This is one word senior Bria Riley uses to describe her time at Rowan University.
With her four years at Rowan University coming to a close, Riley reflected on her time at the university. Riley is a senior world religions and psychology major with a minor in women and gender studies. She is a substitute teacher in her local school district and a volunteer at her spiritual center. She’s also a first-generation college student, hoping to inspire others to keep pushing and never give up on themselves.
Riley figured that living in Gloucester County and attending Rowan University would be a convenient commute, and save her a ton of money.
Although convenience is a nice touch when choosing which college to attend, Rowan stuck out to her because of the large variety of majors.
Riley knew from the start that she wanted to be a psychology major. However, when she got to Rowan, she found another passion in world religions.
“I fell in love with the subject in high school, and I saw myself going into some type of helping profession at that point,” Riley said. “However, in college, I became very non-traditionally religious [and] spiritual and started learning about the many paths to spirituality.”
Riley also added a minor in women and gender studies, because she considers herself a feminist and thought studying the topic would be fun.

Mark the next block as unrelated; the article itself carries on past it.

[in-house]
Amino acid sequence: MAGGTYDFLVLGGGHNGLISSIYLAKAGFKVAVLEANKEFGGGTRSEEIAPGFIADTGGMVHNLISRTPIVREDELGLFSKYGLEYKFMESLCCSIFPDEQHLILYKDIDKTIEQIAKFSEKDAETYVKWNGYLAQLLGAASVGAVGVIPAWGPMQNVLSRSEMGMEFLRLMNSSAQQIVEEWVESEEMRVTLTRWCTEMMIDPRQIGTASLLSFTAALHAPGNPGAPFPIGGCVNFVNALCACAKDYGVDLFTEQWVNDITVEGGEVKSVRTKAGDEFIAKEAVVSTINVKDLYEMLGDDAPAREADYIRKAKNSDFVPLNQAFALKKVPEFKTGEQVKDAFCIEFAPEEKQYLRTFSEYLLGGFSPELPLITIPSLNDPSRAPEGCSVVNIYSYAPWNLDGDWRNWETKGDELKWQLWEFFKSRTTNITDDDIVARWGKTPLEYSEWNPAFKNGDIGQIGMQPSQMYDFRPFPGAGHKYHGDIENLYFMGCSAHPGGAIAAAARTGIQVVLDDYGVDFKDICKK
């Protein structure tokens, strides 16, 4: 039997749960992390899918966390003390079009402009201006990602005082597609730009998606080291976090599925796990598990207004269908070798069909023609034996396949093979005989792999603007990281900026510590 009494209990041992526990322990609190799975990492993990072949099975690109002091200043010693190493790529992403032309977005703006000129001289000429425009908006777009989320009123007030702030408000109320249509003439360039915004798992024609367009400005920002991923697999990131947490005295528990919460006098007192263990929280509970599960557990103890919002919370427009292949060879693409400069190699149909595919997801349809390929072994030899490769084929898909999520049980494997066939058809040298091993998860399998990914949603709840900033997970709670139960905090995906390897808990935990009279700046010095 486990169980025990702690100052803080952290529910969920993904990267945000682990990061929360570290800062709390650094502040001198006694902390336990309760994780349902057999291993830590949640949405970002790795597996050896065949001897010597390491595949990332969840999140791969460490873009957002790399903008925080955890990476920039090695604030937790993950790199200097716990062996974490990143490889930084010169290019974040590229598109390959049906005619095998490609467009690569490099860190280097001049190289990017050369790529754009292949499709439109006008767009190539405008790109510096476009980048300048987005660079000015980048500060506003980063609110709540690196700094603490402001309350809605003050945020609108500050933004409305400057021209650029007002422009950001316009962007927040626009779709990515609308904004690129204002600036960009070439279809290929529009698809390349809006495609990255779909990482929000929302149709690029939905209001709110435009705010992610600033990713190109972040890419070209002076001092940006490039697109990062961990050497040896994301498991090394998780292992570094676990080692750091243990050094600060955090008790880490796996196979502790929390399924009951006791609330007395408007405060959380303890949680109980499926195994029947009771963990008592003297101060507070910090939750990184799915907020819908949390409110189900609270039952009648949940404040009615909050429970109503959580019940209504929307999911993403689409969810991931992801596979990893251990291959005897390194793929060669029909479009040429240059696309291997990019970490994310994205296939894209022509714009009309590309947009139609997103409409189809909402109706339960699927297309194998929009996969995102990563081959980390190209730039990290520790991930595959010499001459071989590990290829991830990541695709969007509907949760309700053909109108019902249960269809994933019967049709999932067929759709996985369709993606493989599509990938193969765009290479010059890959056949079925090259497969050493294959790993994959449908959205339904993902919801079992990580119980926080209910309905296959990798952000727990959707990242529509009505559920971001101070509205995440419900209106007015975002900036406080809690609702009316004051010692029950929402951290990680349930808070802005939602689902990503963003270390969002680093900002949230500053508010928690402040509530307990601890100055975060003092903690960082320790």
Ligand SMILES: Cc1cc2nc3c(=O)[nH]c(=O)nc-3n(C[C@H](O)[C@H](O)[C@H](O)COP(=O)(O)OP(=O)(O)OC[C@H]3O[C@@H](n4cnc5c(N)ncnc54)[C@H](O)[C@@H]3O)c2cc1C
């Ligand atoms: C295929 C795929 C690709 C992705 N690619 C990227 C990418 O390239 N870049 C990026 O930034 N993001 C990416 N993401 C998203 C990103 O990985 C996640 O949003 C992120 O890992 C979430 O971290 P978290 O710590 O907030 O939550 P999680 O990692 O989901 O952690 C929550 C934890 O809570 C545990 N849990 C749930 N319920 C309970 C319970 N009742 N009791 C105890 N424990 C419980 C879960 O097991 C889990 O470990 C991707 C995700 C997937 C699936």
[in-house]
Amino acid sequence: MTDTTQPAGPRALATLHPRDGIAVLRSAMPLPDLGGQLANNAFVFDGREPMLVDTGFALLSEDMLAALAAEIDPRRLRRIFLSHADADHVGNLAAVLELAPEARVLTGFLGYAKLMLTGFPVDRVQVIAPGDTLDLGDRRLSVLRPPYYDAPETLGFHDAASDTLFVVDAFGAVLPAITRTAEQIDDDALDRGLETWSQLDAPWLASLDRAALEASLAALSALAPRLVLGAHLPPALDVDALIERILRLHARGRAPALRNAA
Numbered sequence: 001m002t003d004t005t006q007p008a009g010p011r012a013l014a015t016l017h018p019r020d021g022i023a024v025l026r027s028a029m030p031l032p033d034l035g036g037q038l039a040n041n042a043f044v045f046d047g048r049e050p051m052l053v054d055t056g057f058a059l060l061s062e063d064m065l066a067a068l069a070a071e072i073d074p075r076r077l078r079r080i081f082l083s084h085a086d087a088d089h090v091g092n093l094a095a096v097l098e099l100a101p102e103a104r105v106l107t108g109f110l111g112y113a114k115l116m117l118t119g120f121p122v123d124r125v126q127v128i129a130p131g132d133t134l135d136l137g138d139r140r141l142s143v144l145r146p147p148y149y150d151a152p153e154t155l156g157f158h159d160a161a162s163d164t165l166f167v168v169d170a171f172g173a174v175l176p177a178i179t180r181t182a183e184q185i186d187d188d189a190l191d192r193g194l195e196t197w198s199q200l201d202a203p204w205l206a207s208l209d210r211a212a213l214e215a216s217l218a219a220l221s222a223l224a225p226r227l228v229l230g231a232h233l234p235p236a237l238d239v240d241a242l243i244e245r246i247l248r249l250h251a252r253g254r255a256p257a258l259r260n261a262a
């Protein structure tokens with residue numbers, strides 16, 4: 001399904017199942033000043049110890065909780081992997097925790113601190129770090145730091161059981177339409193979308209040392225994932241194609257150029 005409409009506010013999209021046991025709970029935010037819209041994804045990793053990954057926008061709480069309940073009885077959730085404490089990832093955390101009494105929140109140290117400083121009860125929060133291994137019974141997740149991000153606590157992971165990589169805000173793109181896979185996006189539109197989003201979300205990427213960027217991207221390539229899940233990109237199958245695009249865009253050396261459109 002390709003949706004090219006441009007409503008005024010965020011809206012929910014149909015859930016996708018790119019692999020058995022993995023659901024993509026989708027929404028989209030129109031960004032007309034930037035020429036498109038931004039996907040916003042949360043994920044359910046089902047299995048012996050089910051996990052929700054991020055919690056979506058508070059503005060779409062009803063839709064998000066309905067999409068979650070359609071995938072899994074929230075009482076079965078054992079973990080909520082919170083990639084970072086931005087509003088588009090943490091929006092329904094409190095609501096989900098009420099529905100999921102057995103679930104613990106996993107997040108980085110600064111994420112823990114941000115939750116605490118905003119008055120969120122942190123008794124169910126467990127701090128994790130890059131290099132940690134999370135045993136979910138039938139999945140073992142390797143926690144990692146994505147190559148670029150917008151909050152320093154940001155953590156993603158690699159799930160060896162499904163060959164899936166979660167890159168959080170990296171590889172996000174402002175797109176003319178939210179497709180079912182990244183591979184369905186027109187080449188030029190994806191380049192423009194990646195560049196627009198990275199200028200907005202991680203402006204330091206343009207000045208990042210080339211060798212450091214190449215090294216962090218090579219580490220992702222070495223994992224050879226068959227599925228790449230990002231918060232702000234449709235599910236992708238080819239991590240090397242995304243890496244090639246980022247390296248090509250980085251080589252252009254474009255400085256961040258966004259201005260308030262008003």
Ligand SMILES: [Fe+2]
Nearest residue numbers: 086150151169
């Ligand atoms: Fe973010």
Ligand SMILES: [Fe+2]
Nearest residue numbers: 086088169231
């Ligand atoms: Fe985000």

Although already a well-rounded Prof, something people might not know about her is that she self-published her book called “The Art of a Healing Soul: Expressions of My Lessons in this Earth School So Far” and has a spiritual self-help blog.
Riley attributes her inspiration to Dr. Whitney Cox, world religions lecturer. Cox’s teaching style is something that Riley grasps on to, and she believes that Cox is a “uniquely awesome person.”
“She always makes the class entertaining and [she] really cares about her students. She can make learning about some of the most boring topics in religion fun,” Riley said.
One of Riley’s best memories while attending Rowan includes a class she took called “Women and Gender in Perspective.” The students’ passion for learning about the subject made Riley’s experience unforgettable. Her class also had a final project where they created a diorama based on one of the readings they had and presented it to the class. Because the presentations were virtual, Riley never expected a project like this — but she enjoyed it.
Like all Rowan students, the COVID-19 pandemic has affected everyone in some way. Her experience helped her navigate through negative situations and learn what works best for her.
“[The pandemic] has made me a better student because it has taught me to better manage my time,” Riley said. “Being online and having so much flexible time and free reign to work ahead taught me that knowing my limits and practicing self-care is necessary when it comes to school work.”
Upon graduation, Riley is most excited for her career to begin. She will continue her education and obtain her master’s degree online at Arizona State University. She is motivated to live on her own, preferably along the shore.
Riley wants to tell Rowan University freshmen to “Keep an open mind because you never know what you will discover about yourself or the world through a class.” Riley said, “If you take the time to listen with an open mind, you will learn about other people’s diverse human experiences.”
For comments/questions about this story tweet @TheWhitOnline.